Sharp Rightward Shift of Supreme Court, and Need for Balance

April 12, 2012

by Jeremy Leaming

The nation’s growing income inequality, among other issues concerning the economy, should play a significant role in the presidential election, but writing for The Nation, Ari Berman delves into why the Supreme Court should also be “a major issue in November.”

The Supreme Court is simply not balanced. The court has been shoved far to the right. Berman cites Nate Silver’s reporting for The New York Times on a recent study that “finds that the current court is the most conservative since at least the 1930s.”

The Martin-Quinn Scores, which Silver rendered in two charts, also “imply that, on the basis of its median justice, the current court is farther from the ideological center than any recent court. For instance, it is farther from the center than the liberal courts of the late 1960s that were under Chief Justice Earl Warren.”

And beyond deciding whether health care reform will stand or fall, the Roberts Court is likely to consider a slew of major issues in the “not-so-distant future,” Berman writes. Some of these concerns include affirmative action policy, voting rights, marriage equality and reproductive rights. (As Berman notes, Republican state lawmakers have passed numerous onerous restrictions on reproductive rights over the last few years.)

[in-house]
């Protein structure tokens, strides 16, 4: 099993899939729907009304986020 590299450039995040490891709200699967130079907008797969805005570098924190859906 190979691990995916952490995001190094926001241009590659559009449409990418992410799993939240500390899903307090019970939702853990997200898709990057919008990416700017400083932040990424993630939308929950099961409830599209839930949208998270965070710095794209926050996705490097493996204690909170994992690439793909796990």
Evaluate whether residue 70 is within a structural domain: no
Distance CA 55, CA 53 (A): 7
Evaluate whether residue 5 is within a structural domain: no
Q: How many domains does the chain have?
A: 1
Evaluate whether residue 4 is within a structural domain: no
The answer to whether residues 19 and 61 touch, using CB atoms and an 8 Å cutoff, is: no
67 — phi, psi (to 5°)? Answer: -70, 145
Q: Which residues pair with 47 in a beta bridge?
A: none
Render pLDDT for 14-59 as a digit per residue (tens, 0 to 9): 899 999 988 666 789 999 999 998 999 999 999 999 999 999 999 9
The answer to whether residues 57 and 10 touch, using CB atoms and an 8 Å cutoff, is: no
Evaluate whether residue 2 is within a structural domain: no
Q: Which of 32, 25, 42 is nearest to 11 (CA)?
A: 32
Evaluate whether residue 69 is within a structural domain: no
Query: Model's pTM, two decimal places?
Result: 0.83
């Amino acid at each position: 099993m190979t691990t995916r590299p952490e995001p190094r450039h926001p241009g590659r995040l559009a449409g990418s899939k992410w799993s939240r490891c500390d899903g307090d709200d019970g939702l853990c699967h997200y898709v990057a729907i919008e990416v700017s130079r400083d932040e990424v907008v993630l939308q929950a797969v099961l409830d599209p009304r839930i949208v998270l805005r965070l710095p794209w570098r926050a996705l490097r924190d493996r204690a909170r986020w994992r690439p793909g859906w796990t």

The right already gets it. Leaders of the conservative movement have obsessed over the make-up the federal courts and the high court in particular, for decades. And those leaders haven’t stopped obsessing. Berman notes that NRA leader Wayne LaPierre declared, in hyperbolic fashion, at this year’s Conservative Political Action Committee, “If Obama wins re-election, he will likely appoint one – and perhaps three – more Supreme Court justices. It’ll be the end of our freedom forever.”

Stanford University Law School Professor and ACS Board Member Pam Karlan told Berman that there would be “no overlap between the people Obama would appoint to the Court and the people Romney would appoint. There’s more than just daylight.”

Berman, and Karlan, however, argue that Obama has made matters worse by allegedly not caring enough about the judiciary. It’s an argument that has been leveled against the president by law professors, pundits and others over and over again. Despite the fact that Obama entered the office during the Great Recession, and with a slim majority in the Senate, the president should and could have done more to remake the judiciary. Instead, as Berman notes, the federal bench has “a record-high eighty vacancies,” and Obama “could leave office with more judicial vacancies than when he entered.” (For more coverage the federal bench’s high vacancy rate, see JudicialNominations.org.)

Citing polling that shows erosion in public support of the Supreme Court, largely due to the Citizens United opinion, which gave corporations unfettered ability to influence elections, Berman says it is long past time for progressives to understand the importance of balance on the federal bench.